GAME REVIEWS

Friday, February 27, 2009

New Adventure Island

~ NEW ADVENTURE ISLAND ~
Hudson Soft / TTI
HuCard
1992

I've always liked NAI's little introductory sequence, during which kidnappings take place and angry Master Higgins holds up his fist against a fiery backdrop. In fact, that depiction of the vengeance-minded fellow is even more awesome than Last Alert's famous BURNING KAZAMA scene...

...Well, no... no, it isn't... but it definitely beats the "Mode 7 falling fat man" nonsense in Super Adventure Island for the SNES.

Sadly, I can't say I'm quite as fond of the silly post-stage sketches (during which our chubby hero prances and dances about with gaggles of goofy animals). Even less appealing is the game's repetitive, obnoxious music; and while there are some impressive multilayer scenes to behold, the visuals seldom deviate from typical old-school-platformer fare. Don't count on a high level of challenge offsetting the aesthetic disappointments, as almost the entire adventure is cake, with no truly tricky spots until Stage 6 (of 7), and every boss (including the last one) is easy to defeat.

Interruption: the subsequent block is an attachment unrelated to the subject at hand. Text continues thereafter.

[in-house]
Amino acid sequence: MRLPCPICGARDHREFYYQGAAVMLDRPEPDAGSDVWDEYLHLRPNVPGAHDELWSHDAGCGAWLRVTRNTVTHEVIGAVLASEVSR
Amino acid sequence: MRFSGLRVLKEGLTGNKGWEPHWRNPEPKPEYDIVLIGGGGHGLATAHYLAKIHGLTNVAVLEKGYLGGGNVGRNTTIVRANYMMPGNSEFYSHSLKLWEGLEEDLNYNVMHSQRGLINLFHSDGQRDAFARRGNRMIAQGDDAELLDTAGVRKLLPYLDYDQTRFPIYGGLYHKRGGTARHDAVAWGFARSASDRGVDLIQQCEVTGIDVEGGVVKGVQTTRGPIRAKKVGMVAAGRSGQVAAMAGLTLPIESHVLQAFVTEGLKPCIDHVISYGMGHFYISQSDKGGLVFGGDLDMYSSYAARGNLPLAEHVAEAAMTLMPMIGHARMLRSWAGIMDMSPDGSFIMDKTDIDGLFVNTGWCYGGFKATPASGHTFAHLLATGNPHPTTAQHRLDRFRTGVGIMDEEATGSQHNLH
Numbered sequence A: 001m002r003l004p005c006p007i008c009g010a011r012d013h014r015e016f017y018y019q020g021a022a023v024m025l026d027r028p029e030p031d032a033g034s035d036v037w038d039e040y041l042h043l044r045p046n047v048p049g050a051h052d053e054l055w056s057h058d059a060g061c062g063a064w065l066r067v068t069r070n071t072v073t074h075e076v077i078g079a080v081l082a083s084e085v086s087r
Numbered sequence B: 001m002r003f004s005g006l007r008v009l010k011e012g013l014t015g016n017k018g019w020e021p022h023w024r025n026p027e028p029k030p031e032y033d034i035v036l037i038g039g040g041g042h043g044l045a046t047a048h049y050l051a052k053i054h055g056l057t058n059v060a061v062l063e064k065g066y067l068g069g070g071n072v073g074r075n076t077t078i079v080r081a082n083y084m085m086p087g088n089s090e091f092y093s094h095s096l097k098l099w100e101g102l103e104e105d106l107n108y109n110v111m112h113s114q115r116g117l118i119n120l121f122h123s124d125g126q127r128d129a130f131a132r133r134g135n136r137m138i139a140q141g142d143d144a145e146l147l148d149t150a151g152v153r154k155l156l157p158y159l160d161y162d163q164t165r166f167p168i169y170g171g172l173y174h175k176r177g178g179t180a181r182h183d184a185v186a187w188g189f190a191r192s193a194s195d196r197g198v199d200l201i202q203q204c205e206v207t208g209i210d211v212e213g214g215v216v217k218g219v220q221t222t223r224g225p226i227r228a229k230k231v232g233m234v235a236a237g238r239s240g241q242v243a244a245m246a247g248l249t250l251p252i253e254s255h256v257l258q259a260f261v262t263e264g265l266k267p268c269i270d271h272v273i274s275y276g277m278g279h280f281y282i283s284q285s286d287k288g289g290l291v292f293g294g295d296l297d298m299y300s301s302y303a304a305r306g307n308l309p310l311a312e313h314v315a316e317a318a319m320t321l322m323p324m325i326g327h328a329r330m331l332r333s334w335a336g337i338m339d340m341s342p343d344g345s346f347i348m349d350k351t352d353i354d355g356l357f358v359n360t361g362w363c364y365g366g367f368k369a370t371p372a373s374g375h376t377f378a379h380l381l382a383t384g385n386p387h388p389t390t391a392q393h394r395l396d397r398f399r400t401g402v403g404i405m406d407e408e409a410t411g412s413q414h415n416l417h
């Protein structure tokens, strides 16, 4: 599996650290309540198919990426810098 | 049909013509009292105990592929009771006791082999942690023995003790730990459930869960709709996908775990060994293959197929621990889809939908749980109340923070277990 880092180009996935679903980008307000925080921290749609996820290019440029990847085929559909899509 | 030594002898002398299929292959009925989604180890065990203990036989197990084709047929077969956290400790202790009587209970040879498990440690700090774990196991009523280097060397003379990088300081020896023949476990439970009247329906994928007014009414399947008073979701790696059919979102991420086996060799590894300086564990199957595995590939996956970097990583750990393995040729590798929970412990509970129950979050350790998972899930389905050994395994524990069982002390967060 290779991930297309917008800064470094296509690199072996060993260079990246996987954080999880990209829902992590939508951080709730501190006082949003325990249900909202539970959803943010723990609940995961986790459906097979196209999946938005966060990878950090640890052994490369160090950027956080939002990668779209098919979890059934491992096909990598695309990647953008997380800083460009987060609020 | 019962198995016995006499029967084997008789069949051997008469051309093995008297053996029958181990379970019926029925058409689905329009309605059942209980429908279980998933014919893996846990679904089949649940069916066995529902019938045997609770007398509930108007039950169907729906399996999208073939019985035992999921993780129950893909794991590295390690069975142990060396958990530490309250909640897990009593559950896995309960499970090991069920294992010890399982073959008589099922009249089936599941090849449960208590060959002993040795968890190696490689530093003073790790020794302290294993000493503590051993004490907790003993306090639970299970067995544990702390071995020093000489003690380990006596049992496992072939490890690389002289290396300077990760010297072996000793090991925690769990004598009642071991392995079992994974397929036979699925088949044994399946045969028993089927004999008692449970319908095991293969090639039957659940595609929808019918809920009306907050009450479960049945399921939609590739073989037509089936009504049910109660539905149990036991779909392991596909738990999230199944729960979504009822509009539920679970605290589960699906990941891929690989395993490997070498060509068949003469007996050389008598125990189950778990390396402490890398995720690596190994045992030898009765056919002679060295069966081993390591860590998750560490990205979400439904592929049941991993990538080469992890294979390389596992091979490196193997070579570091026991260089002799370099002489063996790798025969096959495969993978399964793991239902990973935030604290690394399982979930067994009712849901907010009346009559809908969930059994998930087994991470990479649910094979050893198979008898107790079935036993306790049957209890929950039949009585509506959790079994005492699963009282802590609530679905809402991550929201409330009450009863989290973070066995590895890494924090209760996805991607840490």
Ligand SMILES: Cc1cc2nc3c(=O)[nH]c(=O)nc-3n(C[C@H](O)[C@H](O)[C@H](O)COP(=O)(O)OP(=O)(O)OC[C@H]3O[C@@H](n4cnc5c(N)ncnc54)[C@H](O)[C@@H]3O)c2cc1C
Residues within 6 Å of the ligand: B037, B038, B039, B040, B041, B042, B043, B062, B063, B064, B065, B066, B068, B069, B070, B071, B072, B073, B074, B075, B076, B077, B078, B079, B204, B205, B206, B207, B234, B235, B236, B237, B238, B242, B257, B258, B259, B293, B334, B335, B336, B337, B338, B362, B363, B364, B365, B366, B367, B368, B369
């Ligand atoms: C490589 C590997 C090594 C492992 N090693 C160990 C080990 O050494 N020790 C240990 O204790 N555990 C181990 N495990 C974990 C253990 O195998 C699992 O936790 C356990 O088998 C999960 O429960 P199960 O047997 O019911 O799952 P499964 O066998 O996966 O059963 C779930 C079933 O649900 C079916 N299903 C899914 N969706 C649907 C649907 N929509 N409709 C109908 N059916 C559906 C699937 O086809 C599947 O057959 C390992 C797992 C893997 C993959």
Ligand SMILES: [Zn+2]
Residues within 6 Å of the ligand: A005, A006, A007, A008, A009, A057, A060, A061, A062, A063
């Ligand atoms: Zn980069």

You'd think that all of those factors would add up to something no better than mediocre, but New Adventure Island is actually one of the most enjoyable HuCard games around. The nonstop action is its bread and butter. While it's not particularly tough, it constantly has you leaping, dashing, and tossing weaponry, all at a quick, unabated pace. You've always got to be on your toes, and the smooth controls really allow you to get in a zone and just enjoy the breezy ride, making NAI a perfect biding-time, pick-up-and-play sort of title (make sure you have a fair amount of time to bide, though, as once you get going with the chip, you may find that you simply can't stop playing it). It doesn't feature any memorable moments that will stick with you forever, but its pure playability will make you return to it often, making its general lack of difficulty forgivable.


These shadowy fools should've known better than to mess with Master Higgins on his wedding day.


We're presented with a Mario-style agenda: most of the island realms consist of four sub-stages, with every fourth one taking place in a boss's lair.


There's more than just "sunny island" stuff to be found here.


You can see some appealing multilayer scrolling in a few of the cavern levels.


I suppose that these guys loosely qualify as "mini-bosses."


Despite Higgins' concerned countenance, the bosses are easy to beat. The bear can cause some trouble with his "ice wall" attack, though.


Bozhe moi.


Beat this bum and get your woman back.

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